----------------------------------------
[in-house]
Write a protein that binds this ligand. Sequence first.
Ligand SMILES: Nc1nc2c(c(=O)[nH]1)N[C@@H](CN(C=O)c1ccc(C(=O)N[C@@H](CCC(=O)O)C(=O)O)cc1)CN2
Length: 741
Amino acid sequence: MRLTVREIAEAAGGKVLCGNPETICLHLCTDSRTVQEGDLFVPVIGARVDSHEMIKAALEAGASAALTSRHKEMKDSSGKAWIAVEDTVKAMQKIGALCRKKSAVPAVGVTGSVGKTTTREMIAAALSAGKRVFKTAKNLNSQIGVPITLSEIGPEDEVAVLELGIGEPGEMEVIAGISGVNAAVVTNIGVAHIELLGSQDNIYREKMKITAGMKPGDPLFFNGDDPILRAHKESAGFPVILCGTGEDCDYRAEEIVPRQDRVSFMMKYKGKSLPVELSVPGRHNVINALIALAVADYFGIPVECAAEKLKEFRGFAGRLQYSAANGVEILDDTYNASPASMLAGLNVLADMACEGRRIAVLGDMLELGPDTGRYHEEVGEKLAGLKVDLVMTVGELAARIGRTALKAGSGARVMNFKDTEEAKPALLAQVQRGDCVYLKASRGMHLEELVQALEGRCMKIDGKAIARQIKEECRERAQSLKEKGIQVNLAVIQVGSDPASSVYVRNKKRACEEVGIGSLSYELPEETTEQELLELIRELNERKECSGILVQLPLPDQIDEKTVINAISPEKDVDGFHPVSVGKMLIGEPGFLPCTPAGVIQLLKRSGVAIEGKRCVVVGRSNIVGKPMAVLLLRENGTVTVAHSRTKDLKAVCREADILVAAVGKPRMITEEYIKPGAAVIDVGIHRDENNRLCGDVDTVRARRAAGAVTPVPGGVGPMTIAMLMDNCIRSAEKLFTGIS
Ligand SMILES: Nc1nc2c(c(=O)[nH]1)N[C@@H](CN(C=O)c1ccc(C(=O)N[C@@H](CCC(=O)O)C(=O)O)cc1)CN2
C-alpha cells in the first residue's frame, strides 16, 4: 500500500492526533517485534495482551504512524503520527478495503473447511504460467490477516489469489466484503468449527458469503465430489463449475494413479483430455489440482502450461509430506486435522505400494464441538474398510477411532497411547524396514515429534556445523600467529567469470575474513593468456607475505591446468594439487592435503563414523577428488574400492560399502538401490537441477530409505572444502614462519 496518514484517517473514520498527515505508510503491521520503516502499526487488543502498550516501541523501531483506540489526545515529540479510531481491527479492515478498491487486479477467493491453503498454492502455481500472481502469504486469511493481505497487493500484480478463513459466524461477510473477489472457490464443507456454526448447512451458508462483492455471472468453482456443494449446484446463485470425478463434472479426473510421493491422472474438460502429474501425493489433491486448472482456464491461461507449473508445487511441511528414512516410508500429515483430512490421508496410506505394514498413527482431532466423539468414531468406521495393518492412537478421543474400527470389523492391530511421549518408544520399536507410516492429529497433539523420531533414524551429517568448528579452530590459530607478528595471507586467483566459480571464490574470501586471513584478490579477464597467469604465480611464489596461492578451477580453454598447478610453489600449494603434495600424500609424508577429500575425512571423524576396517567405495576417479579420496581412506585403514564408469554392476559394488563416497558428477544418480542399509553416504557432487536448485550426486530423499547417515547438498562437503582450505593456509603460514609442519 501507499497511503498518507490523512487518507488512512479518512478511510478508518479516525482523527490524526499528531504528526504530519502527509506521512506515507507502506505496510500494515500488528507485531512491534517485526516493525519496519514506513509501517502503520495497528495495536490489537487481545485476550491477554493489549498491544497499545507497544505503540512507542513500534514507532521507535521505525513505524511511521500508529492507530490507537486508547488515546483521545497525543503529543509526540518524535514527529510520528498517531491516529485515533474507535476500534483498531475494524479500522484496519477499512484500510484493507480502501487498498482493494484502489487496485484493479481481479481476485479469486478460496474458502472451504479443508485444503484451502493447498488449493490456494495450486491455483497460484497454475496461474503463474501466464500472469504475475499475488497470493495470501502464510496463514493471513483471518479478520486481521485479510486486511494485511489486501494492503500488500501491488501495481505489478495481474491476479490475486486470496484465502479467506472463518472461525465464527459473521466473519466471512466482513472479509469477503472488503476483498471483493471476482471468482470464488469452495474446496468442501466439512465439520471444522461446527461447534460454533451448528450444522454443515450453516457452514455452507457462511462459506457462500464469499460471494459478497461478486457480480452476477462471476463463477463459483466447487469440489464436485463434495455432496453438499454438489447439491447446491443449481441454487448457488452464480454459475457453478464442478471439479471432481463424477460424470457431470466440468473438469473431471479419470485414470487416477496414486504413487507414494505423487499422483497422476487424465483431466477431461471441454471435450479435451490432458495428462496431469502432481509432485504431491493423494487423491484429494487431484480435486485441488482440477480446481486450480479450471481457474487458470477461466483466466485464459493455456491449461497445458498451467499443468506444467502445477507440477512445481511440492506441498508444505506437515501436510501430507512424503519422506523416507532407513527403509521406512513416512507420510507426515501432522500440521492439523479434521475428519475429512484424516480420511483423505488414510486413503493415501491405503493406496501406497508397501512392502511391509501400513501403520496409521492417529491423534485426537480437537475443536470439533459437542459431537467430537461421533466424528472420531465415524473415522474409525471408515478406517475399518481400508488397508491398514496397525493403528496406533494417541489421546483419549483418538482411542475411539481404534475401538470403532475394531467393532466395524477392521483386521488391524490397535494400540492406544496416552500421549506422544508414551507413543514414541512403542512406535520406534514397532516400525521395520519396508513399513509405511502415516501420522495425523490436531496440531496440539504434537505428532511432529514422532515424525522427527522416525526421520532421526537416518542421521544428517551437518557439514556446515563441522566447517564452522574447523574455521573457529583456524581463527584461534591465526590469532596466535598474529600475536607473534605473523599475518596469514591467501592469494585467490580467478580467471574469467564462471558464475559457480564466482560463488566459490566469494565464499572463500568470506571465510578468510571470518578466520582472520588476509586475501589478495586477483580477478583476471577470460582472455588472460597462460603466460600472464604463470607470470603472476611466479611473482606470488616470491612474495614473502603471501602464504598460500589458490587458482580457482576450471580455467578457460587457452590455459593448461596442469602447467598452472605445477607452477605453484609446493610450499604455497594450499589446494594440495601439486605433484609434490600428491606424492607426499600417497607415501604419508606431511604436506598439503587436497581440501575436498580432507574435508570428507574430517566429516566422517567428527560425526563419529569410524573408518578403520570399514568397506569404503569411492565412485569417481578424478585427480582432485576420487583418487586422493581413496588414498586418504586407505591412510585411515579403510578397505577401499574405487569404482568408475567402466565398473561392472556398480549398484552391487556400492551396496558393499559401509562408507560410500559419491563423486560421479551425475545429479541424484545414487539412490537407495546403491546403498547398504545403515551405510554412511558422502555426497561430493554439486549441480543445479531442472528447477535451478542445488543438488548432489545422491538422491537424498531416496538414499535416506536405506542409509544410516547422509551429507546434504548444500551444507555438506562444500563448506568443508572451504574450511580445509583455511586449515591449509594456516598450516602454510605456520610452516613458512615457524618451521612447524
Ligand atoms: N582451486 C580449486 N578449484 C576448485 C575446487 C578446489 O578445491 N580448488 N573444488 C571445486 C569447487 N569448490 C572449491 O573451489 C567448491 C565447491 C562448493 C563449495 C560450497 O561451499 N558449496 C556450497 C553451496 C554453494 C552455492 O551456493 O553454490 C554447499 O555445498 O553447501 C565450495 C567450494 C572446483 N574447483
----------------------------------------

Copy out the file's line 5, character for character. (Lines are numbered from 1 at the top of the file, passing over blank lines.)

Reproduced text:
Amino acid sequence: MRLTVREIAEAAGGKVLCGNPETICLHLCTDSRTVQEGDLFVPVIGARVDSHEMIKAALEAGASAALTSRHKEMKDSSGKAWIAVEDTVKAMQKIGALCRKKSAVPAVGVTGSVGKTTTREMIAAALSAGKRVFKTAKNLNSQIGVPITLSEIGPEDEVAVLELGIGEPGEMEVIAGISGVNAAVVTNIGVAHIELLGSQDNIYREKMKITAGMKPGDPLFFNGDDPILRAHKESAGFPVILCGTGEDCDYRAEEIVPRQDRVSFMMKYKGKSLPVELSVPGRHNVINALIALAVADYFGIPVECAAEKLKEFRGFAGRLQYSAANGVEILDDTYNASPASMLAGLNVLADMACEGRRIAVLGDMLELGPDTGRYHEEVGEKLAGLKVDLVMTVGELAARIGRTALKAGSGARVMNFKDTEEAKPALLAQVQRGDCVYLKASRGMHLEELVQALEGRCMKIDGKAIARQIKEECRERAQSLKEKGIQVNLAVIQVGSDPASSVYVRNKKRACEEVGIGSLSYELPEETTEQELLELIRELNERKECSGILVQLPLPDQIDEKTVINAISPEKDVDGFHPVSVGKMLIGEPGFLPCTPAGVIQLLKRSGVAIEGKRCVVVGRSNIVGKPMAVLLLRENGTVTVAHSRTKDLKAVCREADILVAAVGKPRMITEEYIKPGAAVIDVGIHRDENNRLCGDVDTVRARRAAGAVTPVPGGVGPMTIAMLMDNCIRSAEKLFTGIS